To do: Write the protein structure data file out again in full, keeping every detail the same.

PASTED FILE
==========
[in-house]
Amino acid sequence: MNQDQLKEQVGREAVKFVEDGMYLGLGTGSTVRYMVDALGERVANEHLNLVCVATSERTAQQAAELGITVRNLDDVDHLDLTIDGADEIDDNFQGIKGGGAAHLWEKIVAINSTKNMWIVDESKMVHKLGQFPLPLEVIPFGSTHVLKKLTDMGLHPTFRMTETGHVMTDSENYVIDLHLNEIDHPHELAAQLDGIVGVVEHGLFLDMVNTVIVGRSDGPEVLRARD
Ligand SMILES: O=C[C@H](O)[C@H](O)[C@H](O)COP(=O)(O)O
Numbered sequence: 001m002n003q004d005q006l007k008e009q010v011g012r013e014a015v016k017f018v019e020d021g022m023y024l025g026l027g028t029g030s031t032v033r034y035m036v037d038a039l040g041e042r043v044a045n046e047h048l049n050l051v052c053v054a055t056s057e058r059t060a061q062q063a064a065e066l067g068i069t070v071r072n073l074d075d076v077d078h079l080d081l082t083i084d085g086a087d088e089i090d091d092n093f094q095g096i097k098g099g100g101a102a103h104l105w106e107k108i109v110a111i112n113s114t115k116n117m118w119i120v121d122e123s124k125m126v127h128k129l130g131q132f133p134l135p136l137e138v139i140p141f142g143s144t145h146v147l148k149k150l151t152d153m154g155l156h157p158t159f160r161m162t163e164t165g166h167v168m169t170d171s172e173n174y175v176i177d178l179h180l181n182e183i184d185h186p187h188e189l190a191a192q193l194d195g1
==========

[in-house]
Amino acid sequence: MNQDQLKEQVGREAVKFVEDGMYLGLGTGSTVRYMVDALGERVANEHLNLVCVATSERTAQQAAELGITVRNLDDVDHLDLTIDGADEIDDNFQGIKGGGAAHLWEKIVAINSTKNMWIVDESKMVHKLGQFPLPLEVIPFGSTHVLKKLTDMGLHPTFRMTETGHVMTDSENYVIDLHLNEIDHPHELAAQLDGIVGVVEHGLFLDMVNTVIVGRSDGPEVLRARD
Ligand SMILES: O=C[C@H](O)[C@H](O)[C@H](O)COP(=O)(O)O
Numbered sequence: 001m002n003q004d005q006l007k008e009q010v011g012r013e014a015v016k017f018v019e020d021g022m023y024l025g026l027g028t029g030s031t032v033r034y035m036v037d038a039l040g041e042r043v044a045n046e047h048l049n050l051v052c053v054a055t056s057e058r059t060a061q062q063a064a065e066l067g068i069t070v071r072n073l074d075d076v077d078h079l080d081l082t083i084d085g086a087d088e089i090d091d092n093f094q095g096i097k098g099g100g101a102a103h104l105w106e107k108i109v110a111i112n113s114t115k116n117m118w119i120v121d122e123s124k125m126v127h128k129l130g131q132f133p134l135p136l137e138v139i140p141f142g143s144t145h146v147l148k149k150l151t152d153m154g155l156h157p158t159f160r161m162t163e164t165g166h167v168m169t170d171s172e173n174y175v176i177d178l179h180l181n182e183i184d185h186p187h188e189l190a191a192q193l194d195g1